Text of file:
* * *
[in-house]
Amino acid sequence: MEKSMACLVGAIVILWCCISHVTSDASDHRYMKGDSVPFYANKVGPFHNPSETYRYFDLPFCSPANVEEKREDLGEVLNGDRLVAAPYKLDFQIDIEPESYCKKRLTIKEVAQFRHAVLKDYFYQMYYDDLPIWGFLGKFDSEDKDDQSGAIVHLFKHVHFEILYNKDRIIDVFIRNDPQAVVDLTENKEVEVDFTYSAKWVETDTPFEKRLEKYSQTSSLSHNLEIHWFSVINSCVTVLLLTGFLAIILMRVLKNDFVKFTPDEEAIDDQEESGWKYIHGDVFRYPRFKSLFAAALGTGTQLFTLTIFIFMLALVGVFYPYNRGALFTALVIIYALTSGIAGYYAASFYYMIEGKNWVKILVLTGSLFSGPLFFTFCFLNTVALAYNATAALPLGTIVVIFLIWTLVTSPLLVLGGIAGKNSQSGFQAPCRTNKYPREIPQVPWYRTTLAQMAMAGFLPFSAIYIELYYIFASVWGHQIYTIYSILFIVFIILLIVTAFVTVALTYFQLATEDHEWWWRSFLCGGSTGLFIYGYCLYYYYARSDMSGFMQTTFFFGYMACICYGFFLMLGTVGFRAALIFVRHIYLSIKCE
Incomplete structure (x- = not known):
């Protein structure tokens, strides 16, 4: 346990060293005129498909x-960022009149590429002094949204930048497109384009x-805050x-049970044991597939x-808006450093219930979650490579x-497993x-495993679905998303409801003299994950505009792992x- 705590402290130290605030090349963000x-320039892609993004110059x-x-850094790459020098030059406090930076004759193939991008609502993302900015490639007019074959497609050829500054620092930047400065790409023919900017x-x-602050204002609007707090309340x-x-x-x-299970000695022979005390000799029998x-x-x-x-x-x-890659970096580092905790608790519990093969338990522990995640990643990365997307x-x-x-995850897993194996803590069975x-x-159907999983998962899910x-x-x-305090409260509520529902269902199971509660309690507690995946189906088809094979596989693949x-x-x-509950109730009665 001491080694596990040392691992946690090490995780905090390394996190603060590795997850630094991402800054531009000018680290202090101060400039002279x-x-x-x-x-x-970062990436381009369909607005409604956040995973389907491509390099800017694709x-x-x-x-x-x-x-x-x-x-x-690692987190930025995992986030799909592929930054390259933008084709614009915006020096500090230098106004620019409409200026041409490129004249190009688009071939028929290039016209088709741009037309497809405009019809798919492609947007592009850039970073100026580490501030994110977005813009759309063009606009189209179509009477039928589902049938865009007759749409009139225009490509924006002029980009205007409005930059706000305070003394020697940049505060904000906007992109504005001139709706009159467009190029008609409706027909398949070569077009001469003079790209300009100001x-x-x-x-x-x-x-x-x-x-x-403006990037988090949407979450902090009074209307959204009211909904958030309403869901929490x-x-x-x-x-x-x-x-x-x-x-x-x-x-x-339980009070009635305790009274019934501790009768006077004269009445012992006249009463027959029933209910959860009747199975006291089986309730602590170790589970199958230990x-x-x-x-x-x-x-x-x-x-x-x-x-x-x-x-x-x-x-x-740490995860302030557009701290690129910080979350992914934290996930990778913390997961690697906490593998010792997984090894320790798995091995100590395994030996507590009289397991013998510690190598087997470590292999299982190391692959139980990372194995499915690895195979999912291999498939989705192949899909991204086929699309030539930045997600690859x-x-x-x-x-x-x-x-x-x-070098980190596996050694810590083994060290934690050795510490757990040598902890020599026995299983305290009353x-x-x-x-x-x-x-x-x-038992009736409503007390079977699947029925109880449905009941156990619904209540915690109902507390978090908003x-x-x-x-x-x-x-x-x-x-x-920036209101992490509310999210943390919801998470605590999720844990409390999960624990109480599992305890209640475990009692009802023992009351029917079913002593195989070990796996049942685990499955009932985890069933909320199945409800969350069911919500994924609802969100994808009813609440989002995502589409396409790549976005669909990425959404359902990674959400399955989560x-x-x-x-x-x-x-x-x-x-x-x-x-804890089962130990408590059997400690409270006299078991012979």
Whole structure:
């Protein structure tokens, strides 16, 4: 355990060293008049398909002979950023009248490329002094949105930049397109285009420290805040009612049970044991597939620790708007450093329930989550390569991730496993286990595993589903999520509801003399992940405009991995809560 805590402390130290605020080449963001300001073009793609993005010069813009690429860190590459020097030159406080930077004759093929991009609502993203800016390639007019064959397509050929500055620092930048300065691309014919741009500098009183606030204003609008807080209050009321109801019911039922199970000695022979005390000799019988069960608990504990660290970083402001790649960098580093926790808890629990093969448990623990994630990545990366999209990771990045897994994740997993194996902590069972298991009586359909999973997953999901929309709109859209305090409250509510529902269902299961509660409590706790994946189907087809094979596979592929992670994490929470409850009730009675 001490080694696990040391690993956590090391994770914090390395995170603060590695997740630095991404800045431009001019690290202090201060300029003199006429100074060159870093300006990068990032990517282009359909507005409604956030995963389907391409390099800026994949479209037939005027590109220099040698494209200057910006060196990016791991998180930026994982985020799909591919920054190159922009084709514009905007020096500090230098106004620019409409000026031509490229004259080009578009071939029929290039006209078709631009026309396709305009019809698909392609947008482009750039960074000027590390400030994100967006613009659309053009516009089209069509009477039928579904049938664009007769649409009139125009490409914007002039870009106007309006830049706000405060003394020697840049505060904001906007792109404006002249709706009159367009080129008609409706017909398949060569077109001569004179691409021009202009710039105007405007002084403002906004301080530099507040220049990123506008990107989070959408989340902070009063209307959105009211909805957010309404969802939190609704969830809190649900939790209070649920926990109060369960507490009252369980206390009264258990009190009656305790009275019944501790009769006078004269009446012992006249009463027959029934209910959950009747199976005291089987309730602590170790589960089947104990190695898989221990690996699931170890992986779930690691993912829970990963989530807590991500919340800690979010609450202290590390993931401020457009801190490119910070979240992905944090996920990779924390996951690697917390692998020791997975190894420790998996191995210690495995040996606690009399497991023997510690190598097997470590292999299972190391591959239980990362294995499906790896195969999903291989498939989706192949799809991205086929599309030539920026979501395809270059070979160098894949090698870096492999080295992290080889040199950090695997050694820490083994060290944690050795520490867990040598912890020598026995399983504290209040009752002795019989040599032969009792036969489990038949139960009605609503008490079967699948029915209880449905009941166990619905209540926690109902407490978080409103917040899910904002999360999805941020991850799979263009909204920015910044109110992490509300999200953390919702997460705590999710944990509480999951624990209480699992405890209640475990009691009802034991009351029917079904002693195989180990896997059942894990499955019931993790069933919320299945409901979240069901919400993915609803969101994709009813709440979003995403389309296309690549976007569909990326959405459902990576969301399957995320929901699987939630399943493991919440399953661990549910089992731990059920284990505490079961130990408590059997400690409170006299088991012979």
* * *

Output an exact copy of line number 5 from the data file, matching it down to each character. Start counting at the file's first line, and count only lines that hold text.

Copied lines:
Whole structure: